Category: Sustainability



The situation of lead-contaminated water in Flint, Michigan, is fundamentally about human rights, a group of United Nations experts today said, urging the United States to protect the rights of children and others who are most at risk from pollution and toxic chemicals.

“No parent should have to endure the mental torment that will haunt parents in Flint, and no child should be denied the right to enjoy the highest attainable standard of physical and mental health,” said the experts, whose expertise include hazardous wastes, health, water and sanitation, indigenous peoples, minorities, and racism.

Read on at: United Nations News Centre – UN human rights experts urge US to increase efforts to address water contamination


The American Association for the Advancement of Science discussed climate change and drought’s effects on Southwestern tribes.

The snowpack in the Sierra Nevada was at its lowest in 500 years during 2015, and that is bad news for tribes farther south of the mountain range that straddles California and Nevada.

Southwestern tribes were the focus of a recent symposium at the annual meeting of the American Association for the Advancement of Science (AAAS) in Washington D.C., with climate change, drought and water-distribution inequities at the fore.

“American Indian tribal communities who reside near the terminus of the Truckee-Carson River system in northern Nevada are especially vulnerable to declining water supplies,” the AAAS said in a statement summing up the meeting, which was held in mid-February. “In a region with such a fragile water system, uncertainty about the future of traditional life ways, hunting, fishing, and farming looms large.”

Read more at http://indiancountrytodaymedianetwork.com/2016/02/29/tribes-and-researchers-study-climate-using-science-and-traditional-knowledge-163574

 


When asked directly whether environmental racism was at play in Flint’s water crisis, Michigan Governor Rick Snyder replied last month, “Absolutely not.”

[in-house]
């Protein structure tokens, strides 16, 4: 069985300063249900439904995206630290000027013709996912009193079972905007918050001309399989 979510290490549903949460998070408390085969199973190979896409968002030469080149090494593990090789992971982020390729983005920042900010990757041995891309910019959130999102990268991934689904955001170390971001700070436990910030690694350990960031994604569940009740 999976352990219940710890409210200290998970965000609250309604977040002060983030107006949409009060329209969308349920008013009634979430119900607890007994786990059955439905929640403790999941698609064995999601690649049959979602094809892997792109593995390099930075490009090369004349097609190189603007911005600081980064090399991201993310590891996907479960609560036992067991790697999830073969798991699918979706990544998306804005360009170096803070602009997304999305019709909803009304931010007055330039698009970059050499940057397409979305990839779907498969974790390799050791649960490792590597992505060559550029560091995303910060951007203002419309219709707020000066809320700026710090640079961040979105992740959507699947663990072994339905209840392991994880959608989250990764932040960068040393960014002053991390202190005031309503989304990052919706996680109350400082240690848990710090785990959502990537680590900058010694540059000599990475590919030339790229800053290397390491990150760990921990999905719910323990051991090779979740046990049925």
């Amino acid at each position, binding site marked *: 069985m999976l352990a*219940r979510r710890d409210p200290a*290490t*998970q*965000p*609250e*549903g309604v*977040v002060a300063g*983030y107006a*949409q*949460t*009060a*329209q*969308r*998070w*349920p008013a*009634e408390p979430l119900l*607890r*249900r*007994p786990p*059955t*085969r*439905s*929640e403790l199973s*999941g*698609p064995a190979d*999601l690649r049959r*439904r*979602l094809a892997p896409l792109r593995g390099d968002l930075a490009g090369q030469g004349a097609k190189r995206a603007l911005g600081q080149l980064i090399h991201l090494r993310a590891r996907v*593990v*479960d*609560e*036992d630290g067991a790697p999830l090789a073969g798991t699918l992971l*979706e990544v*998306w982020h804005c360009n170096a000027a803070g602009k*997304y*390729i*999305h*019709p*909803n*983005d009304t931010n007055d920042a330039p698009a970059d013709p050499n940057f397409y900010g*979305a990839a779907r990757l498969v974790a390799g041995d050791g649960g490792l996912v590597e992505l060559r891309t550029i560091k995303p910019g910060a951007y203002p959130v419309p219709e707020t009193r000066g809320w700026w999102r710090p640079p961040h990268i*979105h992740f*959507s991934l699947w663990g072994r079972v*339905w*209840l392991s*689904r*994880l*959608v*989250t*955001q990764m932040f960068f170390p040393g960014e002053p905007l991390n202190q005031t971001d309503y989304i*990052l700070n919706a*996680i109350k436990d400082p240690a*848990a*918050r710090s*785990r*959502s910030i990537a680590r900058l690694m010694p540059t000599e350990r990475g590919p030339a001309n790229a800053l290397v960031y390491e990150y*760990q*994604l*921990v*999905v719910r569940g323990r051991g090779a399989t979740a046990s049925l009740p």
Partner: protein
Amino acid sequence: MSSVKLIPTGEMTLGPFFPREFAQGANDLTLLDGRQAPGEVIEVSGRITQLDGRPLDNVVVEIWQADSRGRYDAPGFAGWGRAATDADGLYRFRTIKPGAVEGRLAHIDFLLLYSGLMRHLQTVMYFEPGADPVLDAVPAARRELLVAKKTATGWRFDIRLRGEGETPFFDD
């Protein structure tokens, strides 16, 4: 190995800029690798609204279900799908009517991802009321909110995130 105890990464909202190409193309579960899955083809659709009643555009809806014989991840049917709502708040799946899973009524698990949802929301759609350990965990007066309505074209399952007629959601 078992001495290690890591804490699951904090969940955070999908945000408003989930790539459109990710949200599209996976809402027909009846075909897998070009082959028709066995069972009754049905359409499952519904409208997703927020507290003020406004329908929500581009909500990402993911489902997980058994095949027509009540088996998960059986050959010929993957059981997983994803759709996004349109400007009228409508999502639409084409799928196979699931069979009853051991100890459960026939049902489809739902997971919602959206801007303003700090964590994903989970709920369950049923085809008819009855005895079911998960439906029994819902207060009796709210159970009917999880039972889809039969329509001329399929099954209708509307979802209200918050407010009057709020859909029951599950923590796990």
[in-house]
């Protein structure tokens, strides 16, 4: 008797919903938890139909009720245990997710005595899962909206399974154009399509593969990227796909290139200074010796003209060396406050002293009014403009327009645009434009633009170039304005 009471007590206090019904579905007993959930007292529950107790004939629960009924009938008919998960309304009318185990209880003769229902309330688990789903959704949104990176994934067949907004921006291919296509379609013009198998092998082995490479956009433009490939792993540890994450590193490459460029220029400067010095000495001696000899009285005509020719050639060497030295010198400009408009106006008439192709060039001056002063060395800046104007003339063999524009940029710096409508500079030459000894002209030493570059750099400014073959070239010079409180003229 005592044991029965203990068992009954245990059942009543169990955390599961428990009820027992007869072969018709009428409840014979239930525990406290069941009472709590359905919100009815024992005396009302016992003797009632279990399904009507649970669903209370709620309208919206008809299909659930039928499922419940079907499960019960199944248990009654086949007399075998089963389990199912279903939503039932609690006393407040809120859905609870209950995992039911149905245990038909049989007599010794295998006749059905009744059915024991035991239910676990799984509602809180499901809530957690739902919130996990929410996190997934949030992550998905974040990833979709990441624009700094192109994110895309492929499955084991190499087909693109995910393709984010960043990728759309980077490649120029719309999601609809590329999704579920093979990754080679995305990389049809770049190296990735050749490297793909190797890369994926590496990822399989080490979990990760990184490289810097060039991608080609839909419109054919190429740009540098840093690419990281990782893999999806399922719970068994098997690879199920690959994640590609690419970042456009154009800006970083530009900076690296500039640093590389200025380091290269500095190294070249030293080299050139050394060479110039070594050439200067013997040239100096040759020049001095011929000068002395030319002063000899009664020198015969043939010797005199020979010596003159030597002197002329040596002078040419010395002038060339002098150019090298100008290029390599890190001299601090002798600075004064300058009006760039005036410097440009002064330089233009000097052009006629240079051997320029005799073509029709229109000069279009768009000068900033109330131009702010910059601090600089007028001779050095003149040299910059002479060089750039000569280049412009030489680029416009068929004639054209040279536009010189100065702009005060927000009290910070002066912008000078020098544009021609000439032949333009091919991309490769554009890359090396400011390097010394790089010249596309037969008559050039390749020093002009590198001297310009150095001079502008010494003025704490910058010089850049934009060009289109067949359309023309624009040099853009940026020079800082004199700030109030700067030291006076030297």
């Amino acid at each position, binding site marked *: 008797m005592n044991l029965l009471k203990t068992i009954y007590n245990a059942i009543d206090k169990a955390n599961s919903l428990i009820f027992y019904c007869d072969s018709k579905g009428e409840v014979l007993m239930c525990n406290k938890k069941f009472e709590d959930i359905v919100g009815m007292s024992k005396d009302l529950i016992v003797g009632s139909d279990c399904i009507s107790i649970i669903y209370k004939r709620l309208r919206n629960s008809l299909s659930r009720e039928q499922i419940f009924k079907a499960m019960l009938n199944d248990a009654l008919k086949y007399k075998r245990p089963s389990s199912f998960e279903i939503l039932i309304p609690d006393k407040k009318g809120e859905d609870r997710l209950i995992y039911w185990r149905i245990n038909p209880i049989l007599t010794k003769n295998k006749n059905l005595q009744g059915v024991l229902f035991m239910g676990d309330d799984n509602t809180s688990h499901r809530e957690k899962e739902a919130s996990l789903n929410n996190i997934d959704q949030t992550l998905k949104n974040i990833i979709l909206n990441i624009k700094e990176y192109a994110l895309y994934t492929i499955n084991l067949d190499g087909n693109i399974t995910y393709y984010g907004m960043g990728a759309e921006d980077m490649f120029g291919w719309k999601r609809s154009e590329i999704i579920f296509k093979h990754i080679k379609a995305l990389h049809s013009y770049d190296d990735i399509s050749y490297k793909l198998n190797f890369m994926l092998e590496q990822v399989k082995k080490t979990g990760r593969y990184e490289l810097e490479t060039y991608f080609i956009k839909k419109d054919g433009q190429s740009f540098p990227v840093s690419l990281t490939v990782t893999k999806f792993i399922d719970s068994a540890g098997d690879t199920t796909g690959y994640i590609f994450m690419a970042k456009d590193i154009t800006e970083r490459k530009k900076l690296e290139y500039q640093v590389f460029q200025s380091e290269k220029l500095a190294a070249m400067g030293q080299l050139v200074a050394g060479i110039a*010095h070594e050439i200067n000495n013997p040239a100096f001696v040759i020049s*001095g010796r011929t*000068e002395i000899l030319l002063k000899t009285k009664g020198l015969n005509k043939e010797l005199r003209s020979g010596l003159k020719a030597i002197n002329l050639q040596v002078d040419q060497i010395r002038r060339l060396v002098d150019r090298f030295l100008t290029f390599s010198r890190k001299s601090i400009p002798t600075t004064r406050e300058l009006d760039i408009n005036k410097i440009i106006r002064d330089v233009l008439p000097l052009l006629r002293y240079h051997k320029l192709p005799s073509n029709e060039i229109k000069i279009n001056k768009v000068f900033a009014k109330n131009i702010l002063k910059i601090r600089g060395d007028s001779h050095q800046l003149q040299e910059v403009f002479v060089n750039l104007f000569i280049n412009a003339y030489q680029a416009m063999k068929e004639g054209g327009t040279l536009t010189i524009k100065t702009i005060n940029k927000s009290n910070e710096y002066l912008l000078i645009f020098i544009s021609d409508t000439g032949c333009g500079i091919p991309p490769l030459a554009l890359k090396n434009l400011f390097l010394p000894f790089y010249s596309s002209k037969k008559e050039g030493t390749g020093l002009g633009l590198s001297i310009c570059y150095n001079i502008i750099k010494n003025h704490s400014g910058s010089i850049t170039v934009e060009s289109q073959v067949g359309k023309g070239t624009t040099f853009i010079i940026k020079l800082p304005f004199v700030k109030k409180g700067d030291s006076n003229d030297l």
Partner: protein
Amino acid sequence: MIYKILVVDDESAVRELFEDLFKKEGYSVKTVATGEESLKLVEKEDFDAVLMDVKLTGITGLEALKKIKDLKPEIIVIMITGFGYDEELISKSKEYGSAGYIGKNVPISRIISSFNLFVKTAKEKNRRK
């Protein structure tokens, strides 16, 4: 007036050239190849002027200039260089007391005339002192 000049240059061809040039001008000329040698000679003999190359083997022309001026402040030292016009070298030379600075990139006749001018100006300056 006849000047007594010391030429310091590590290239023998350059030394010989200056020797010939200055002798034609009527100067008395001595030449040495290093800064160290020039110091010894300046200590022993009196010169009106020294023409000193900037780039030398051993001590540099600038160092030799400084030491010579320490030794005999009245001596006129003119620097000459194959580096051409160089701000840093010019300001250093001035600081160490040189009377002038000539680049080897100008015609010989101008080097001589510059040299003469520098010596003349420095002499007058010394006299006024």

And yet…

Source: Race Best Predicts Whether You Live Near Pollution | The Nation


INDIAN RURAL LIFE - A woman herding two cows.

A woman herding two cows. Credit: Vijayamurthy sadagopalan

With more than 800 million people living in extreme poverty and many more struggling to make an honest living, it is clear that the current global economic model isn’t working for everyone. Economic growth often comes at the expense of the majority, with short-term financial gains trumping long-term sustainability. The current global obsession with economic growth, alongside the enormous over-consumption enjoyed by the wealthiest people on the planet, has brought us all to the brink of catastrophic climate change.

Earthrise presenter Ndoni Khanyile travels to Burkina Faso where farmers are embracing agroecology as a means of feeding the most vulnerable and visits villagers in Uttar Pradesh in India, who are turning to solar microgrids for energy.

Watch the video at: Another Giant Leap – Al Jazeera English


Eating animals is wrong, vegans say. But so is eating slave-made chocolate, or wearing sweatshop clothing. Guess which one vegans of the Global North care about?

Not that one issue is more important than another, but it is more than frustrating when I see vegans (mostly vegans of the global north) say “this is cruelty-free” about products made from human suffering. Vegan chocolate cake made with trafficked child labor? Mmm, delicious

I wish vegans would demand fair trade/ethical goods, protest the prison-industrial-complex, or fight against food deserts as much as they put effort into getting vegan Ben & Jerry’s ice cream.

What prompted me to write this was a series of exchanges I saw on Twitter, where white vegans from western nations were admonishing people of color for eating animals as part of their cultural identity. Continue reading


Widespread adoption of products labelled “biodegradable” will not significantly decrease the volume of plastic entering the ocean or the physical and chemical risks that plastics pose to marine environment, accord to a United Nations report released today.

Read the full article at: United Nations News Centre – Biodegradable plastics are not the answer to reducing marine litter, says UN

 

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